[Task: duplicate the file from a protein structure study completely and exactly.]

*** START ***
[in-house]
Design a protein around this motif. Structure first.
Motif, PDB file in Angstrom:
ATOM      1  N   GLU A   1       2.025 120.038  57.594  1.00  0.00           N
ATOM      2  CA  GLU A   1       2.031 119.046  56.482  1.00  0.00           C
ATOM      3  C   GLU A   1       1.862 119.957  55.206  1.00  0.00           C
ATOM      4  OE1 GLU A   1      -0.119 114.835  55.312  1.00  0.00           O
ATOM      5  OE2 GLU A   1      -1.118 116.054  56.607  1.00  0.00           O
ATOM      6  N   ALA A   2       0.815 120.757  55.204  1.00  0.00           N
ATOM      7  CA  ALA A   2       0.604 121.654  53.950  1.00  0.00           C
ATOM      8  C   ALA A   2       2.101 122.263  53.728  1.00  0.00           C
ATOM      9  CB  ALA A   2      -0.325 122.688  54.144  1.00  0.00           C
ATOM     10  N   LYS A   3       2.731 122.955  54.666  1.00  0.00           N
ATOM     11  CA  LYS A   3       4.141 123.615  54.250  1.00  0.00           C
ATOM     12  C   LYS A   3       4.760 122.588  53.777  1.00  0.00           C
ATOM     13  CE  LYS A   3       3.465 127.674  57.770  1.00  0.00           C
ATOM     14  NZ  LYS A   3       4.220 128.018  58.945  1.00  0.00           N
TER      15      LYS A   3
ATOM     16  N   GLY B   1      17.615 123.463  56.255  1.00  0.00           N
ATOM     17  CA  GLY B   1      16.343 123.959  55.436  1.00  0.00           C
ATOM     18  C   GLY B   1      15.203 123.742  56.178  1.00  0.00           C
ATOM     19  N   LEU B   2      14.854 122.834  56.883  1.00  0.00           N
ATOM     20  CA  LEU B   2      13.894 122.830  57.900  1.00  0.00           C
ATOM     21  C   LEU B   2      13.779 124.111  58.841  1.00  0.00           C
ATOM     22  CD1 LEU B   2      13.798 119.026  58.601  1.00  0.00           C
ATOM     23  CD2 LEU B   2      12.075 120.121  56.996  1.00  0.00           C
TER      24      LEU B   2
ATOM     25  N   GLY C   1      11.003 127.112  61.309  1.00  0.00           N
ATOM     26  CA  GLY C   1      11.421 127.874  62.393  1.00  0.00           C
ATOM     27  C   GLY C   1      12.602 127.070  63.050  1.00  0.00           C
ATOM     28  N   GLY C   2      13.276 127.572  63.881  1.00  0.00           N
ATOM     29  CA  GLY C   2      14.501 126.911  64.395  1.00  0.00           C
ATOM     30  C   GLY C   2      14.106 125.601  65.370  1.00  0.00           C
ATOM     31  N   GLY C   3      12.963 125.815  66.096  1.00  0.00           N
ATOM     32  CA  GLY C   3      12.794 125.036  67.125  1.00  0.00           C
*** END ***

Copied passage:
[in-house]
Design a protein around this motif. Structure first.
Motif, PDB file in Angstrom:
ATOM      1  N   GLU A   1       2.025 120.038  57.594  1.00  0.00           N
ATOM      2  CA  GLU A   1       2.031 119.046  56.482  1.00  0.00           C
ATOM      3  C   GLU A   1       1.862 119.957  55.206  1.00  0.00           C
ATOM      4  OE1 GLU A   1      -0.119 114.835  55.312  1.00  0.00           O
ATOM      5  OE2 GLU A   1      -1.118 116.054  56.607  1.00  0.00           O
ATOM      6  N   ALA A   2       0.815 120.757  55.204  1.00  0.00           N
ATOM      7  CA  ALA A   2       0.604 121.654  53.950  1.00  0.00           C
ATOM      8  C   ALA A   2       2.101 122.263  53.728  1.00  0.00           C
ATOM      9  CB  ALA A   2      -0.325 122.688  54.144  1.00  0.00           C
ATOM     10  N   LYS A   3       2.731 122.955  54.666  1.00  0.00           N
ATOM     11  CA  LYS A   3       4.141 123.615  54.250  1.00  0.00           C
ATOM     12  C   LYS A   3       4.760 122.588  53.777  1.00  0.00           C
ATOM     13  CE  LYS A   3       3.465 127.674  57.770  1.00  0.00           C
ATOM     14  NZ  LYS A   3       4.220 128.018  58.945  1.00  0.00           N
TER      15      LYS A   3
ATOM     16  N   GLY B   1      17.615 123.463  56.255  1.00  0.00           N
ATOM     17  CA  GLY B   1      16.343 123.959  55.436  1.00  0.00           C
ATOM     18  C   GLY B   1      15.203 123.742  56.178  1.00  0.00           C
ATOM     19  N   LEU B   2      14.854 122.834  56.883  1.00  0.00           N
ATOM     20  CA  LEU B   2      13.894 122.830  57.900  1.00  0.00           C
ATOM     21  C   LEU B   2      13.779 124.111  58.841  1.00  0.00           C
ATOM     22  CD1 LEU B   2      13.798 119.026  58.601  1.00  0.00           C
ATOM     23  CD2 LEU B   2      12.075 120.121  56.996  1.00  0.00           C
TER      24      LEU B   2
ATOM     25  N   GLY C   1      11.003 127.112  61.309  1.00  0.00           N
ATOM     26  CA  GLY C   1      11.421 127.874  62.393  1.00  0.00           C
ATOM     27  C   GLY C   1      12.602 127.070  63.050  1.00  0.00           C
ATOM     28  N   GLY C   2      13.276 127.572  63.881  1.00  0.00           N
ATOM     29  CA  GLY C   2      14.501 126.911  64.395  1.00  0.00           C
ATOM     30  C   GLY C   2      14.106 125.601  65.370  1.00  0.00           C
ATOM     31  N   GLY C   3      12.963 125.815  66.096  1.00  0.00           N
ATOM     32  CA  GLY C   3      12.794 125.036  67.125  1.00  0.00           C